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Saturday, August 29, 2015

Hurricane Katrina: The Lite Version

Ten Year Anniversary. Visits from Commanders-in-Chief Present and Past.

Across Lake Pontchartrain from New Orleans, we experienced a lite version of Katrina. We were with a few neighbors in the library of a Catholic High School a few blocks away. The then mayor was upstairs in the language lab with her Spanish teacher husband.

We were there for two (three?) days. The plumbing went out after the first day.

Several members of our group walked through streets filled with downed trees and downed wires to report back on the condition of everyone's houses. The whole area smelled like gas for a few days. No power, no phone service, and even after the streets were cleared, no gas.

Within a few days, the Red Cross came with food. We lent our neighbor, who owned a generator, a window ac unit, and he let us sit in an air-conditioned space for an hour or two a day.

The second pic is the during, the view from the library; the rest are afters. The elegant woman in the orange windbreaker is our neighbor, Ha, now 95. She still looks like  a model on all occasions. The car with the doll is the work of our wealthy neighbors. And that's our house! Luckily, it is an old house, very strong, so the trees only made a hole and did not destroy the entire house.

Sunday, August 23, 2015

Jacqueline de Ribes Cocktail Dress: How to Sell?

From my downscale shopping in Paris in June . . .
to upscale shopping my closet


 Many years ago, I acquired a Jacqueline de Ribes dress at one of my usual venues. I knew the name--probably from reading Vogue in the 1980s. (My memory was a veritable storehouse of miscellaneous info. Alas, not so much for recent things).  The dress had lingered for many months unsold. So I finally bought it. 

There's no size in it, but it fits Miss Em. She doesn't want it, not having a J de R lifestyle.

I first tried to sell it a few years ago. I had read that Didier Ludot, the famous Parisian vintage couture shop, was having a LBD show. I emailed a pic  and asked--in French that was corrected by Mr FS--if they would be interested. As usual--no reply.

Yesterday, I picked up an Architectural Digest from the FREE BOX at the library. Newest issue. I discovered that The Metropolitan Museum of Art is having a J d R show, featuring both her own designs and the chic stuff she wore (People with that caliber wardrobe don't follow the Kondo decluttering program--or I guess they love everything).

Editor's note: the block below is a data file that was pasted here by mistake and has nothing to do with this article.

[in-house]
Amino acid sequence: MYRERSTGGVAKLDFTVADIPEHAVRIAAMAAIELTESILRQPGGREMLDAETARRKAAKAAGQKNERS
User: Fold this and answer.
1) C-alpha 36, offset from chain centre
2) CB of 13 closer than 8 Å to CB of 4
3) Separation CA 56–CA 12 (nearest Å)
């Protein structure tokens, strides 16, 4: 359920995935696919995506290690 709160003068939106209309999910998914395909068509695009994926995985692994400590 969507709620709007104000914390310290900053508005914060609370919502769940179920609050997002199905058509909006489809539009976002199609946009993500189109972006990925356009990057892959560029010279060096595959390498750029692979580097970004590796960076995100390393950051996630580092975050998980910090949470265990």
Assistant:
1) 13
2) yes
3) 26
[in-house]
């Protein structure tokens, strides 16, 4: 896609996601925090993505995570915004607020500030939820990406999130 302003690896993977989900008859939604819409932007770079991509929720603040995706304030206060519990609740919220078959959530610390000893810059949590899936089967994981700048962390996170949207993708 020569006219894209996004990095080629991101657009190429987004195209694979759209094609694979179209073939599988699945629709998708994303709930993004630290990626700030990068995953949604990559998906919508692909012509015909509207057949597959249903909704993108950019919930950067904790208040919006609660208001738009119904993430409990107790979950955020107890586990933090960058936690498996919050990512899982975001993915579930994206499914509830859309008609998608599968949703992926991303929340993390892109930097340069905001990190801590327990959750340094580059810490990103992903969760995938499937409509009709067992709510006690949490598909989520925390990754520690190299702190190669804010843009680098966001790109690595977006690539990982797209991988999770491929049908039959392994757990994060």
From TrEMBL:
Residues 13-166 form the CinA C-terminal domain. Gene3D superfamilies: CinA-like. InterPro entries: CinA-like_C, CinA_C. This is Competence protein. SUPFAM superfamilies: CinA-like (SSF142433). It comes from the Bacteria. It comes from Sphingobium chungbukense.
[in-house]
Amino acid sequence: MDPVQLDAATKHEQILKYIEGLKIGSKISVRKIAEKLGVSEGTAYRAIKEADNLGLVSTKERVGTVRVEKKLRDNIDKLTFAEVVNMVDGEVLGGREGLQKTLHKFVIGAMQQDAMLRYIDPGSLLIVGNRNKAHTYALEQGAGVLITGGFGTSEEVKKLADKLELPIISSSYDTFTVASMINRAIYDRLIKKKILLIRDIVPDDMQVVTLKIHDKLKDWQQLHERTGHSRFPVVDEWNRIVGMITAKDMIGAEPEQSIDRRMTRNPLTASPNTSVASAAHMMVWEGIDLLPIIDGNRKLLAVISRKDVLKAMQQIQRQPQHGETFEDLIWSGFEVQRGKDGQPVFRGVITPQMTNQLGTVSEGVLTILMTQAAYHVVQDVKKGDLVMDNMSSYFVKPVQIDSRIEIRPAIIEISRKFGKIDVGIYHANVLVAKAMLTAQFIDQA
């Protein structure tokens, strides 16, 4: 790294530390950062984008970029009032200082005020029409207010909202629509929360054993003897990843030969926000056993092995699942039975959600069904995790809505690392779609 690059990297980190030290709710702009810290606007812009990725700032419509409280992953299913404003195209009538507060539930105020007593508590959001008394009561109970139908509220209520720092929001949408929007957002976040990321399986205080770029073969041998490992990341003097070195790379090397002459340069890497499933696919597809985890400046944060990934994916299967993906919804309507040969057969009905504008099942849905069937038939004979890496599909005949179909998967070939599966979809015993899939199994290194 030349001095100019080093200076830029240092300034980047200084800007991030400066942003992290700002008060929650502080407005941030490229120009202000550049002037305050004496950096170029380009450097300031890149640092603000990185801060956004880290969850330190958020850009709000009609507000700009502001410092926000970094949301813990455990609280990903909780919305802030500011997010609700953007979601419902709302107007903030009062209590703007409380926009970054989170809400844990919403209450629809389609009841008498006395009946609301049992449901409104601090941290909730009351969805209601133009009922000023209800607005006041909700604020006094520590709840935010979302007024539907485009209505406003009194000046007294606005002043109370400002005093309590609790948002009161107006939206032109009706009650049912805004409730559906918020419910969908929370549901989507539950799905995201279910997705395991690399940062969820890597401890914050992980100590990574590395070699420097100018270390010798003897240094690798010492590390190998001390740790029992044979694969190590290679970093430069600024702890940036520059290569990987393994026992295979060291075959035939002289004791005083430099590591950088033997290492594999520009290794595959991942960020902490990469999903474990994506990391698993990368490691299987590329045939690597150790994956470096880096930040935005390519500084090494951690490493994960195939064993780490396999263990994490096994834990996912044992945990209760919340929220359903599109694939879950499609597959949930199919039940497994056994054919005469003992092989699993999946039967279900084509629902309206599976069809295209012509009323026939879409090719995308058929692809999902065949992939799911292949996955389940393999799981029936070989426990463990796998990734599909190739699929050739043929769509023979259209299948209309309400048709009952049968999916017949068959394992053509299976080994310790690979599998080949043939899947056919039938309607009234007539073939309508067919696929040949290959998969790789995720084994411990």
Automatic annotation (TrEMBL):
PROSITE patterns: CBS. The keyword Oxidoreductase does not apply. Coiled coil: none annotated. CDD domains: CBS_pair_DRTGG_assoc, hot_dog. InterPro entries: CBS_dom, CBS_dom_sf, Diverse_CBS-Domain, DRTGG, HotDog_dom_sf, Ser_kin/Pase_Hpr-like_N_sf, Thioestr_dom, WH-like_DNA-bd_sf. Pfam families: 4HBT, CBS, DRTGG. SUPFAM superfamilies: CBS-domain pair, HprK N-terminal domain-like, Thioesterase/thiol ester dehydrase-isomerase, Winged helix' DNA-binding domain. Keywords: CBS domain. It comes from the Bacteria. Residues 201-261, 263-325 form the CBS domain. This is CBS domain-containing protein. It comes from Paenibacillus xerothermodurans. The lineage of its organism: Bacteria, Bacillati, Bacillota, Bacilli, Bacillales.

So here's my question: how do I sell it? And for how much? It's the twin of this one, offered for $950 on 1st Dibs.

Thanks for any advice. 

Saturday, August 22, 2015

Shopping in Paris: A Shallow and Boring Post

Miss Em told me that we should have two email threads: one for travel/art and one for shallow concerns. This is a shallow post: shopping in Paris, summer 2015. We were also in Berlin and Amsterdam, but did not buy anything other than food and drink.

I had prepared for shopping in Paris by looking at the Monoprix site. I was--sort of--interested in some slouchy pants (Eileen Fisher type, 20 euros) and some knit linen pieces (also Eileen Fisher-esque, 20-25 euros). I was planning to wait for the sales near the end of my stay.

Shopping was jumpstarted, however: after a stressful delay and dash for our connection at JFK, we made it...but our luggage did not. AirFrance offered us 100 euros per person for necessities. Of course, this involved saving receipts and sending in paperwork after return.

Wearing our scuzzy clothing for a day after arrival (luggage showed up after 3 days) encouraged us to take up the offer, even though I tend to distrust such offers, having been burned many times before. In we went to Monoprix where we each spent a hundred euros: Mr FS on some jeans and a linen shirt and a hairbrush and me on the slouchy pants and some linen pieces.  We still haven't gotten the money back (though it is supposedly en route, after many hours on the phone...usual bureaucracies).

Two weeks later, les soldes began and everything we bought was 1/2 off. So I bought ANOTHER pair of slouchy pants and some scarves. Miss Em arrived and we bought her some things too. She's been in Serbia longer than anticipated and her clothing is in rags.

Our only other shopping was at a nearby market (rue de la Convention--not a fancy area). We got Miss Em a vegan bag  for 35 euros (how I hate that term) that closely approximated a leather bag she saw in Vienna that was 300 euros. The seller was the quintessential French man. He said to Miss Em (add heavy accent) "I would like to give you a kiss. Not a French kiss, because your parents are there." 

At the same market was a vendor where there were a zillion people. Miss Em and I investigated: Spanx! Miss Em and I joined the fray and got some bras for 10 euros (not sexy ones, comfy ones).

Then we started a fray of our own. In a big vat of assorted tee shirts (2 for 5 euros!), I spied a Majestic tee (these sell for around 90 euros). I started searching. A French woman behind me saw what I had and said to her companion: "Majestic!" Then they started frantically searching. Suddenly, we were surrounded.

Mr FS asked Miss Em what was going on. She said proudly "Mama started it." Miss Em decided she didn't like the Majestic so we put them back. 

I had a nice chat with two women at the market. The first was French: she practiced her English; I practiced my French. I asked her if one could bargain at the market. She said non. Then I spoke to a French-American woman who seemed to be a Spanx addict. She had an extremely-plastic-surgeried face, a rare sight in Paris--at least at the places I go. She also said that one could not bargain at the markets.